Which NASCAR Cup drivers are sporting throwback liveries at Darlington?

Darlington Raceway has become synonymous with the NASCAR Cup Series Retro Round


For the 10th year in a row, the NASCAR Cup Series will honour the past at Darlington Raceway in the form of special throwback liveries.

The theme for 2024 is “Celebrate our Roots through Grassroots Racing”, encouraging drivers to sport a paint scheme based on a car they drove at the start of their career. However, this is not mandatory and some have opted for other tributes instead, whether it be related to their sponsor or another figure in racing’s history.

“Grassroots racing is the lifeblood of our sport, and providing our industry with a chance to pay tribute to their grassroots origin story acknowledges the importance that it plays in the past, present and future of NASCAR,” said Darlington track president Josh Harris.

Some teams like Team Penske and most of Joe Gibbs Racing will not do throwbacks.

NASCAR Cup Series throwbacks for Darlington

#1 Ross Chastain: Busch Light

Although his 200th career Cup Series start would theoretically be the ideal time to reflect on his career up to this point, Ross Chastain has instead deviated from the grassroots theme and will do a throwback to his sponsor Busch Light. The livery is based on the beer brand’s packaging used in the 1990s and turn of the millennium.

#3 Austin Dillon: Dale Earnhardt’s 1998 golden car

Much of Austin Dillon‘s branding is reminiscent of the late Dale Earnhardt, down to using the same number and font. Dillon also frequently does throwbacks to the seven-time champion at Darlington, and that won’t be any different in 2024 as his car is designed after the golden #3 that Earnhardt raced at the 1998 The Winston (now All-Star Race). Both cars are also sponsored by Bass Pro Shops, though Dillon’s throwback features Tracker Boats on the quarter panels rather than the defunct GM Goodwrench.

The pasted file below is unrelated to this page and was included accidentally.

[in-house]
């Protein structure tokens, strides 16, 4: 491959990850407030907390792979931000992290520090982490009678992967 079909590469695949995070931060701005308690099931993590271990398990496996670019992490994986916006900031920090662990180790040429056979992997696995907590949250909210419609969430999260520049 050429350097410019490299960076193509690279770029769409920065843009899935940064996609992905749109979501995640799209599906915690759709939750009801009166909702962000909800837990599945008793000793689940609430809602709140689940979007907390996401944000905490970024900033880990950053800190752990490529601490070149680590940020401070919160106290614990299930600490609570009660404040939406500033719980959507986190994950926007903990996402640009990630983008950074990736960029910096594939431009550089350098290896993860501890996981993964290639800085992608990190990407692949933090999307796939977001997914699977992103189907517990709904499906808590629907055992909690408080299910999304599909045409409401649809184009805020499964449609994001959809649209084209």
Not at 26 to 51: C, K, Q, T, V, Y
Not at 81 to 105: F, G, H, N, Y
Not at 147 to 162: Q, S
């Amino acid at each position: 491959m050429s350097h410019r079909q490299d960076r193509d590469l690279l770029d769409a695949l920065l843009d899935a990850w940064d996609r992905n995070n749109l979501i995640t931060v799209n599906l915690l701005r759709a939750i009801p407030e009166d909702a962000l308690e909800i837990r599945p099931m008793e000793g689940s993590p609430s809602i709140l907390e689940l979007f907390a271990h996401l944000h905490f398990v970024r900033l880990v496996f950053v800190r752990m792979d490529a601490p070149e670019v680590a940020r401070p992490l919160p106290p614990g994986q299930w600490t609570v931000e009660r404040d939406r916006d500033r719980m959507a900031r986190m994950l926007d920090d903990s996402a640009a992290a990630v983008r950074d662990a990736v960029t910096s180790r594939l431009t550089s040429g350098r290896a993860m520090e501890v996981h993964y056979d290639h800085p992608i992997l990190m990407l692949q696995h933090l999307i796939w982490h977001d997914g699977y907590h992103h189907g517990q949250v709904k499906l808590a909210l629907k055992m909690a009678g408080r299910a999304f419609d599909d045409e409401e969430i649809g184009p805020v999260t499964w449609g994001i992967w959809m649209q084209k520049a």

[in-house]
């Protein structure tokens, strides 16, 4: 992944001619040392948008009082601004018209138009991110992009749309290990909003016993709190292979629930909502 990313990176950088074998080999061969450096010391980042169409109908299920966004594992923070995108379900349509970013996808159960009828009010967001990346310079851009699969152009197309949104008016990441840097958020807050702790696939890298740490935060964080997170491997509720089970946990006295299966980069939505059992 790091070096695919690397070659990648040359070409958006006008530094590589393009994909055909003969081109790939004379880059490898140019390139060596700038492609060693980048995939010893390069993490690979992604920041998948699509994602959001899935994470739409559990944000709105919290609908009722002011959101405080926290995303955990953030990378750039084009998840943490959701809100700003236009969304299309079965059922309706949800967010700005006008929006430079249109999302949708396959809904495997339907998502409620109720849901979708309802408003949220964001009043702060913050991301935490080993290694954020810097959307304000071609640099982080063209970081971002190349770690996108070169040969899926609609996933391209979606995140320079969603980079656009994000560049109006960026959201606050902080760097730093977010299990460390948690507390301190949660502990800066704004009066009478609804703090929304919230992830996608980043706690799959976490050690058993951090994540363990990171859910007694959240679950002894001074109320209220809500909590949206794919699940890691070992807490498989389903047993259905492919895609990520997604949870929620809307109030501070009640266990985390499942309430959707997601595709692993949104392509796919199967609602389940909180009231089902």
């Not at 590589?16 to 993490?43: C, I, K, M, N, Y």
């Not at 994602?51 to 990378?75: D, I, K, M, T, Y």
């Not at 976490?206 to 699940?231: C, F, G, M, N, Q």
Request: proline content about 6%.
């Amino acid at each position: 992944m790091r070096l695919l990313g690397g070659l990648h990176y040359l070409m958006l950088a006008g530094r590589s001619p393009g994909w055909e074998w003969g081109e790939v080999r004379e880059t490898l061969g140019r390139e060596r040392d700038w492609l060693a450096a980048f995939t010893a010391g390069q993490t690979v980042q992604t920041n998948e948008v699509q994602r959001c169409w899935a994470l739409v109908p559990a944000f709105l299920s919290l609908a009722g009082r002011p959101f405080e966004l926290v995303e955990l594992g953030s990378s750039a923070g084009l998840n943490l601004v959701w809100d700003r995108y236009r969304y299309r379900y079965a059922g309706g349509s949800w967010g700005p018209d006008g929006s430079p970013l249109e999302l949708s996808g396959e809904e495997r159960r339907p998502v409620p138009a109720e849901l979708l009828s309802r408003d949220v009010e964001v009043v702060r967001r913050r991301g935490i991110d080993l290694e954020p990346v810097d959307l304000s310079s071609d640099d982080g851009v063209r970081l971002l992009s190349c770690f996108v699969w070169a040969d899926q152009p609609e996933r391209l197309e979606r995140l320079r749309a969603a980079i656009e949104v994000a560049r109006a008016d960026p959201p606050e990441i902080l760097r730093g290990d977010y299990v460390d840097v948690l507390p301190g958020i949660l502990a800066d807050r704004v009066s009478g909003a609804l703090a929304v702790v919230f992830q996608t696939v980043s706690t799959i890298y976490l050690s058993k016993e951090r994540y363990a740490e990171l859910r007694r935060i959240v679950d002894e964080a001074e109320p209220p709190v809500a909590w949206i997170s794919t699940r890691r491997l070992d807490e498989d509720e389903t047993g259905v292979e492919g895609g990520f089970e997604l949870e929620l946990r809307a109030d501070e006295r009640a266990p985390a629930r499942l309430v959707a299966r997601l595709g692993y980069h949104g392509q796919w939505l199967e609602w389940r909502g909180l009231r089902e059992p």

Dillon will also hope his race goes better than Earnhardt’s, who crashed out of The Winston.

#4 Josh Berry: Rodney Childers’ 1998 late model

While Josh Berry cut his teeth in grassroots racing as the 2020 NASCAR Weekly Series champion, his throwback is to the grassroots career of his crew chief Rodney Childers, who raced in late models prior to briefly pursuing a NASCAR career and committing to working behinds the scenes.

The car is based on Childers’ 1998 late model. It also includes references to the state of South Carolina where Darlington is located: Greenville-Pickens Speedway and Piedmont Interstate Fairgrounds are mentioned, as are drivers in the South Carolina Hall of Fame like Lee Petty, Fireball Roberts, and Ned Jarrett.

#5 Kyle Larson: Terry Labonte’s Corn Flakes car

Hendrick Motorsports‘ #5 car has won the Cup championship twice with Terry Labonte in 1996 and Kyle Larson in 2021. The latter will shout out the former as his car is painted after the Corn Flakes #5 that Labonte raced from 1996 to 1998; he won four races with 59 top 10s during this stretch. The yellow-and-red livery remained in 1999 as parent company Kellogg’s placed their own name on the car before introducing a new appearance for 2000.

#6 Brad Keselowski: Castrol TOM’S Toyota Supra

Although Brad Keselowski‘s car is a Ford Mustang, he will pay tribute to a rival manufacturer, albeit in another discipline entirely thanks to his sponsor Castrol.

His #6 is based on the TOM’S Toyota Supra that competed in the All Japan Grand Touring Car Championship (predecessor to Super GT) in the 1990s. Arguably one of the series’ most famous cars, it has since become an icon thanks to its inclusion in the Gran Turismo games.

#7 Corey LaJoie: His first K&N East win

Corey LaJoie‘s #7 will be modelled after the #07 that he drove to his first career NASCAR win in 2012, when he won at Bowman Gray Stadium in the NASCAR K&N Pro Series East (now ARCA Menards Series East) for his family-owned team. LaJoie went on to claim four more wins that year and finished runner-up in points before shifting his focus towards the national tiers.